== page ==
The opinion of the court was delivered by: Dennis L. Beck United States Magistrate Judge
ORDER REQUIRING PLAINTIFF TO EITHER FILE AMENDED COMPLAINT OR NOTIFY COURT OF WILLINGNESS TO PROCEED ONLY ON CLAIMS FOUND TO BE COGNIZABLE (Doc. 1) RESPONSE DUE WITHIN THIRTY DAYS
Plaintiff Jowell Finley ("Plaintiff") is a state prisoner proceeding pro se and in forma pauperis in this civil rights action pursuant to 42 U.S.C. § 1983 and 42 U.S.C. §2000bb ("Religious Freedom Restoration Act"). Plaintiff filed this action on January 15, 2008.
The Court is required to screen complaints brought by prisoners seeking relief against a governmental entity or officer or employee of a governmental entity. 28 U.S.C. § 1915A(a). The Court must dismiss a complaint or portion thereof if the prisoner has raised claims that are legally "frivolous or malicious," that fail to state a claim upon which relief may be granted, or that seek monetary relief from a defendant who is immune from such relief. 28 U.S.C. § 1915A(b)(1),(2). "Notwithstanding any filing fee, or any portion thereof, that may have been paid, the court shall dismiss the case at any time if the court determines that . . . the action or appeal . . . fails to state a claim upon which relief may be granted." 28 U.S.C. § 1915(e)(2)(B)(ii).
"Rule 8(a)'s simplified pleading standard applies to all civil actions, with limited exceptions," none of which applies to section 1983 actions. Swierkiewicz v. Sorema N. A., 534 U.S. 506, 512 (2002); Fed. R. Civ. P. 8(a). Pursuant to Rule 8(a), a complaint must contain "a short and plain statement of the claim showing that the pleader is entitled to relief . . . ." Fed. R. Civ. P. 8(a). "Such a statement must simply give the defendant fair notice of what the plaintiff's claim is and the grounds upon which it rests." Swierkiewicz, 534 U.S. at 512. However, "the liberal pleading standard . . . applies only to a plaintiff's factual allegations." Neitze v. Williams, 490 U.S. 319, 330 n.9 (1989). "[A] liberal interpretation of a civil rights complaint may not supply essential elements of the claim that were not initially pled." Bruns v. Nat'l Credit Union Admin., 122 F.3d 1251, 1257 (9th Cir. 1997) (quoting Ivey v. Bd. of Regents, 673 F.2d 266, 268 (9th Cir. 1982)).
II. Summary of Plaintiff's Complaint*fn1
Plaintiff is currently housed at Kern Valley State Prison in Delano, California. The events giving rise to the claims at issue in this action allegedly occurred at California State Prison -Corcoran in Corcoran, California. Plaintiff names Correctional Sergeant T. Gonzales III, Correctional Officer A. D. Olive, Correctional Officer M. Pina, Correctional Counselor II Appeals Coordinator J. Jones, Appeals Coordinator L. Cano and Warden D. G. Adams as defendants.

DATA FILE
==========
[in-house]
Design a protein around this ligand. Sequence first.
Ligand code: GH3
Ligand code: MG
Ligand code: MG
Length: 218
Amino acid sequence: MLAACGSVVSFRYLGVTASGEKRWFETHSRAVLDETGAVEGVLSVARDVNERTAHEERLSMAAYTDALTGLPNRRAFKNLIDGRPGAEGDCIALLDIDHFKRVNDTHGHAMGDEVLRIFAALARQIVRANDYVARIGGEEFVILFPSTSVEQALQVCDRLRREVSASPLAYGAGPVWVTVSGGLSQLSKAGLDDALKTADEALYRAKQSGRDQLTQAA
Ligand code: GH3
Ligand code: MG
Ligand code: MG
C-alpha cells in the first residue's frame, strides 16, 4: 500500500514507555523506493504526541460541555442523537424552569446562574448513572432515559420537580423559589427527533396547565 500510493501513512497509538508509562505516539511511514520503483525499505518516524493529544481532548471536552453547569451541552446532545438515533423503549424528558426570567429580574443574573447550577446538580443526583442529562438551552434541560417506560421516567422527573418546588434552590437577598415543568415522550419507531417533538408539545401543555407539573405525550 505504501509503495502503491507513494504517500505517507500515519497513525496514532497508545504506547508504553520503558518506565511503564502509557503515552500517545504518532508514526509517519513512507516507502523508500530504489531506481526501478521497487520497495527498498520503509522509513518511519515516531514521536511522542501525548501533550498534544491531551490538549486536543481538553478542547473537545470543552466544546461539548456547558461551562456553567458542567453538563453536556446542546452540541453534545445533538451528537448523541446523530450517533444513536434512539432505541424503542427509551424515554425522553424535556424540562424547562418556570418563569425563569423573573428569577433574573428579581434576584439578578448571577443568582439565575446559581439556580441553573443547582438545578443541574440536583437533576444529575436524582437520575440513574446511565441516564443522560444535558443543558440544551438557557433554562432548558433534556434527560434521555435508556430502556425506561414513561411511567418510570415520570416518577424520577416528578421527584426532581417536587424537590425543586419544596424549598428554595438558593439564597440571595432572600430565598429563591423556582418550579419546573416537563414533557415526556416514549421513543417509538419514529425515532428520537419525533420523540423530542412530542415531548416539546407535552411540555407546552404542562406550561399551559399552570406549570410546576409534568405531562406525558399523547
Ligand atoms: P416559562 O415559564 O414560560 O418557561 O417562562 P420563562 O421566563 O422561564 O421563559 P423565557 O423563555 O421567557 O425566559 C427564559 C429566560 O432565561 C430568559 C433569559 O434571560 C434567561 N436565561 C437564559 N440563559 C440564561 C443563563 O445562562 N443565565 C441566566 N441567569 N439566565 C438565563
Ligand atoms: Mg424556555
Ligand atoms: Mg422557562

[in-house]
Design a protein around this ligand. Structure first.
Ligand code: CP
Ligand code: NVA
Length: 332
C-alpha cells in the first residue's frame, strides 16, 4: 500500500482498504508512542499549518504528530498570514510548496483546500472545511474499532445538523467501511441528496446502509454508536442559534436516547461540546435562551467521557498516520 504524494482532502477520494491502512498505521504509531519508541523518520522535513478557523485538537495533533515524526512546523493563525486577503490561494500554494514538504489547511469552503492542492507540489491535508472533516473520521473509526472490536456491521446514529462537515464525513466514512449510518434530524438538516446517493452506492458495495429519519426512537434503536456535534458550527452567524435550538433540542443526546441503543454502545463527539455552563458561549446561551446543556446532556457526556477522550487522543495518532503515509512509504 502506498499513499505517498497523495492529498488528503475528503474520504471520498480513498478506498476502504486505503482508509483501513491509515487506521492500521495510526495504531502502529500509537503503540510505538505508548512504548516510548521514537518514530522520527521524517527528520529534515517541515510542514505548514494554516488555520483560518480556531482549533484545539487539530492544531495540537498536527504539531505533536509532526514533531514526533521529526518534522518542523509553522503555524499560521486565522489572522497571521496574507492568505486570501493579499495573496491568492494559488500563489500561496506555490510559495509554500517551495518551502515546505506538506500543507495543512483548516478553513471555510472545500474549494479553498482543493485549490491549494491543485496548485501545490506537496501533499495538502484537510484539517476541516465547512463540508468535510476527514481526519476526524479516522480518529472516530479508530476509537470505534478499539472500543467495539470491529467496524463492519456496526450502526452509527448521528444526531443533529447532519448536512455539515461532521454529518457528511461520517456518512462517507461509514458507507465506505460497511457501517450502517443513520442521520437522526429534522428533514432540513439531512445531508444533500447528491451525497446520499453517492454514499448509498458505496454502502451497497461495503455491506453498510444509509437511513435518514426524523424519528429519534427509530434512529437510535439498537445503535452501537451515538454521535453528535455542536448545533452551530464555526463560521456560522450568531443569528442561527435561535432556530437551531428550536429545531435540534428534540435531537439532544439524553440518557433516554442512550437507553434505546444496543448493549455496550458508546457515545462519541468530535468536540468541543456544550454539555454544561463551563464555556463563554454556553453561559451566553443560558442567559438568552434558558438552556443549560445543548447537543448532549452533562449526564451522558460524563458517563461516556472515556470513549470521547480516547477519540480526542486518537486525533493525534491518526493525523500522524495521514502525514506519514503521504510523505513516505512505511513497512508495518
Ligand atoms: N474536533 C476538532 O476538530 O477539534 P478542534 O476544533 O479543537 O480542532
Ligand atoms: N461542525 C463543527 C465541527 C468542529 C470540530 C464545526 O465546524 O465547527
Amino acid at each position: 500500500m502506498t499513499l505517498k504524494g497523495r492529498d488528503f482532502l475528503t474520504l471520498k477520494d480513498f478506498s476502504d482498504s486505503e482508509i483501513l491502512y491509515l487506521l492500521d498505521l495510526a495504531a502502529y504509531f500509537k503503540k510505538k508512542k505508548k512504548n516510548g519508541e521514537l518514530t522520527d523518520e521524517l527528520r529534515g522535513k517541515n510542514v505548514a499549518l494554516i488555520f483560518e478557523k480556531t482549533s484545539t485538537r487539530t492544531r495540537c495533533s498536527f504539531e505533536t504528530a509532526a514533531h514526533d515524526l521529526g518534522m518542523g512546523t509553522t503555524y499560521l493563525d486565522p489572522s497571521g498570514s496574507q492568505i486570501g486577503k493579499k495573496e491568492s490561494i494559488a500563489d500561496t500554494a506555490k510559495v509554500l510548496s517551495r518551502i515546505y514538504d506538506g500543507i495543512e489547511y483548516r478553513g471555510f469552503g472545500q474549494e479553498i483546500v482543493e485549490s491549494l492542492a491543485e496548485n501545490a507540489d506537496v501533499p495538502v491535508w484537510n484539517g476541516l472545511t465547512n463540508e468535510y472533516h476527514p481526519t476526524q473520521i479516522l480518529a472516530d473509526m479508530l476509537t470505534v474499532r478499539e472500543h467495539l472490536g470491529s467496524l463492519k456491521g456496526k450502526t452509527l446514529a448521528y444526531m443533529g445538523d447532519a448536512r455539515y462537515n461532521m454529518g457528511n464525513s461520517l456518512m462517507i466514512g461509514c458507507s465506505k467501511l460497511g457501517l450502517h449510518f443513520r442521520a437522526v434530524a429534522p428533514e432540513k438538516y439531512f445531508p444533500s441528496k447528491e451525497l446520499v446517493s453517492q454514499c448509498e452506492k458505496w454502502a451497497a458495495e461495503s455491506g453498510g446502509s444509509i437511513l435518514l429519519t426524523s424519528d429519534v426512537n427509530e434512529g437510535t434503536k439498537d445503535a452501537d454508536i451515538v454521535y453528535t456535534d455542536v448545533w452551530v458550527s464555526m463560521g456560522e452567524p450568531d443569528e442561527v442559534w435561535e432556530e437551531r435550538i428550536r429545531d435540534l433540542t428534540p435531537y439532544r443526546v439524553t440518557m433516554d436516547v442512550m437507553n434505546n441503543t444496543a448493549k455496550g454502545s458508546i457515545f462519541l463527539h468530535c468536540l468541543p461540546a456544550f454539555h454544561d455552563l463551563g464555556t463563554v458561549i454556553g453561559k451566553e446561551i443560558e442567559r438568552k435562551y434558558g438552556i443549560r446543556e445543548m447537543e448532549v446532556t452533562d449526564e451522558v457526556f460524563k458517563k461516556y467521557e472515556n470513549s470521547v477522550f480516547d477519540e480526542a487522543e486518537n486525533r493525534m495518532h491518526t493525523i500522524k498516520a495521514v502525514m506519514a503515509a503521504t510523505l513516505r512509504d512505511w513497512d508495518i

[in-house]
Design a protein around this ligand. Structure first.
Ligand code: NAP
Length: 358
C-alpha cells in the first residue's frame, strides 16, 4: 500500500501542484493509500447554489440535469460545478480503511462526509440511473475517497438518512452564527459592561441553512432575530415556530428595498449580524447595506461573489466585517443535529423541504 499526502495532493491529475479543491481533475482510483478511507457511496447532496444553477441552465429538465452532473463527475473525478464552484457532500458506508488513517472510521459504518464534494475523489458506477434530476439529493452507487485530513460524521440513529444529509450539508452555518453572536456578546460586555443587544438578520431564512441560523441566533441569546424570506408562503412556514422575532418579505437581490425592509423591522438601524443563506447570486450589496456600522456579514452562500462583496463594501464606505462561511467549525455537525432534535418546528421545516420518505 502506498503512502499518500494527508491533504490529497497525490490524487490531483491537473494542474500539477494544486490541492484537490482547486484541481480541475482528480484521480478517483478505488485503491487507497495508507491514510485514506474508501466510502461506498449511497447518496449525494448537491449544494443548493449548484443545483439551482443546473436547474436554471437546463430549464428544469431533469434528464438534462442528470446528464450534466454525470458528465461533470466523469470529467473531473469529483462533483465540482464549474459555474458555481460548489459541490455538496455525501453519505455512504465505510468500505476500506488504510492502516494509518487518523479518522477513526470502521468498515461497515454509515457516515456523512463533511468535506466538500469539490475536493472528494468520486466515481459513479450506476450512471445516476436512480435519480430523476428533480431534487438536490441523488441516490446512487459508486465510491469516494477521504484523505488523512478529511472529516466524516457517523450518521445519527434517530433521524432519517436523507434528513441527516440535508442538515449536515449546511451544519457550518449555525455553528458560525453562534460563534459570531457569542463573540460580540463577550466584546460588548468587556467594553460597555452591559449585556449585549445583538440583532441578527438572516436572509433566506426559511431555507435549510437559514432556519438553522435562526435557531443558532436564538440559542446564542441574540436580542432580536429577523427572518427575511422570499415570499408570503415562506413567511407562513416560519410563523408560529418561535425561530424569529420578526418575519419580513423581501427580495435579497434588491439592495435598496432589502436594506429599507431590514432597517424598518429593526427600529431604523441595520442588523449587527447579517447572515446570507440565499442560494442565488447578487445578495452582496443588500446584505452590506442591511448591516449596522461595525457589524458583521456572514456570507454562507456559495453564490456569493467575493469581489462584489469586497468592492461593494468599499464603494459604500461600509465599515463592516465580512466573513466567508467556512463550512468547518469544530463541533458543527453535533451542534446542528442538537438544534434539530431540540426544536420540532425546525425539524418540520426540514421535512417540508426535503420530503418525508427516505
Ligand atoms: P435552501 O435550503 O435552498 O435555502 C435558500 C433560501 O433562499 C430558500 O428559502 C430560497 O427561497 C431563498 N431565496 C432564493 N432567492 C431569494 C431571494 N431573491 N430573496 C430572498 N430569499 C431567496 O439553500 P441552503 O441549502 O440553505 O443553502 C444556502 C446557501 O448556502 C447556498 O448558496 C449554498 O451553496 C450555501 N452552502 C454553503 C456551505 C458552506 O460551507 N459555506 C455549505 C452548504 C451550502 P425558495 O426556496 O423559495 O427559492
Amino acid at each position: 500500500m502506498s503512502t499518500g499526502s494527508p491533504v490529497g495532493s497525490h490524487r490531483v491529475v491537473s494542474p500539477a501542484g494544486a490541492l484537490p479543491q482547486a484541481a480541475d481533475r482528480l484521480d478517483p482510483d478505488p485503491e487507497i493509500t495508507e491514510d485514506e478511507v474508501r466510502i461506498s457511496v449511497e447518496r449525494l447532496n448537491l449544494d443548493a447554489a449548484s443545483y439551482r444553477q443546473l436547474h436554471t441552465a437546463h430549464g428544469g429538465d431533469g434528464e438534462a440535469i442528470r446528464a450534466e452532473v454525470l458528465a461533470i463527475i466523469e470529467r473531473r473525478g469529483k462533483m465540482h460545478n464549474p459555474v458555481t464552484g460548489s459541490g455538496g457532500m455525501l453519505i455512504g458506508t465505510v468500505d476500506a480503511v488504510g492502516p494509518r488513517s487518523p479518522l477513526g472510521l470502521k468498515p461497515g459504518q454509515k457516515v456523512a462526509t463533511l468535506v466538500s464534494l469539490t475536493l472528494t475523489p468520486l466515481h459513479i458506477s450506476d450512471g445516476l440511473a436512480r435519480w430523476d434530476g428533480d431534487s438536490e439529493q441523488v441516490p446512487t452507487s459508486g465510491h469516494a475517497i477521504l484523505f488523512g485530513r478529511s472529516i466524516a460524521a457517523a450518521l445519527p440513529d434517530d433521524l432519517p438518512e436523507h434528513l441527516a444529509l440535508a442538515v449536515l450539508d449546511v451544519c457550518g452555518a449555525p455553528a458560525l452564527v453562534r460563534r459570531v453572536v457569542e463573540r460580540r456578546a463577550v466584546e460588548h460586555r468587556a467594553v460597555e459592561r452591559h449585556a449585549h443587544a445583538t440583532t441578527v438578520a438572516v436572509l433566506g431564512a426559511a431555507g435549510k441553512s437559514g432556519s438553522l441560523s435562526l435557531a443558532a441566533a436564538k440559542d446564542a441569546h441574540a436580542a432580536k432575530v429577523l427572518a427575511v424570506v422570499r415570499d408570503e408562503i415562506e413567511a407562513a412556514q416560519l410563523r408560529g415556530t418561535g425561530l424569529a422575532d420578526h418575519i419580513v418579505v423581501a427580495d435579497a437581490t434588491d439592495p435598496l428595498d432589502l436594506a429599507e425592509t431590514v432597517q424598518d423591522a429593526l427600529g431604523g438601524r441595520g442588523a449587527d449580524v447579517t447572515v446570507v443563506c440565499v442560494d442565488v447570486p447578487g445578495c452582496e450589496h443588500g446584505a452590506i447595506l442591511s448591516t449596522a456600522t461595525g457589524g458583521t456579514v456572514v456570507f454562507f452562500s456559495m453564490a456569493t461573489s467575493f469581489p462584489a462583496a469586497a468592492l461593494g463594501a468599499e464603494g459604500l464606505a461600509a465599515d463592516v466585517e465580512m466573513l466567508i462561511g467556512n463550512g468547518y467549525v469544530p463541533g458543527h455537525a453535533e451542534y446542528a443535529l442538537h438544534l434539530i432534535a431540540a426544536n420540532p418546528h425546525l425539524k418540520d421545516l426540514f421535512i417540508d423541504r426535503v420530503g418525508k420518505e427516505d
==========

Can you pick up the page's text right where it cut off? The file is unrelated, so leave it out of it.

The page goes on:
Plaintiff alleges that on September 29 and 30, 2007, defendants Olive and Gonzales refused to allow him to attend service. Plaintiff alleges that as a result, he was unable to participate in the seminar and receive a certificate or a blessing from God. Plaintiff alleges a violation of his First and Fourteenth Amendment rights, as well as the Religious Freedom Restoration Act, 42 U.S.C. §§ 2000bb.
Plaintiff states that he filed a grievance, and alleges that defendant Olive retaliated against him by refusing to allow Plaintiff to go to the law library on October 3, 2007.
The First Amendment to the United States Constitution provides that "Congress shall make no law respecting the establishment of religion, or prohibiting the free exercise thereof . . . ." U.S. Const., amend. I. Prisoners "retain protections afforded by the First Amendment," including the free exercise of religion. O'Lone v. Estate of Shabazz, 482 U.S. 342, 348, 107 S.Ct. 2400 (1987). However, "'[l]awful incarceration brings about the necessary withdrawal or limitation of many privileges and rights, a retraction justified by the considerations underlying our penal system.'" Id. (quoting Price v. Johnson, 334 U.S. 266, 285, 68 S.Ct. 1049, 1060 (1948)). "In order to establish a free exercise violation, [a prisoner] must show the defendants burdened the practice of his religion, by preventing him from engaging in conduct mandated by his faith, without any justification reasonably related to legitimate penological interests." Freeman v. Arpaio,125 F.3d 732, 736 (9th Cir. 1997). "In order to reach the level of a constitutional violation, the interference with one's practice of religion 'must be more than an inconvenience; the burden must be substantial and an interference with a tenet or belief that is central to religious doctrine.'" Freeman, 125 F.3d at 737 (quoting Graham v. C.I.R., 822 F.2d 844, 851 (9th Cir. 1987)).
Plaintiff has not sufficiently alleged that defendants substantially burdened the practice of his religion by preventing him from engaging in conduct mandated by his faith. Freeman at 736. Plaintiff's allegation that he could not attend a seminar and receive a certificate and blessing is insufficient to support a cognizable free exercise claim under section 1983. Plaintiff will be provided with leave to file an amended complaint.
ii. Fourteenth Amendment Claim
Plaintiff alleges, without specificity, a violation of the Fourteenth Amendment. Presuming that plaintiff is alleging a due process issue, the touchstone of due process is protection of the individual against arbitrary government action, whether the fault lies in a denial of fundamental procedural fairness or in the exercise of power without any reasonable justification in the service of a legitimate governmental ...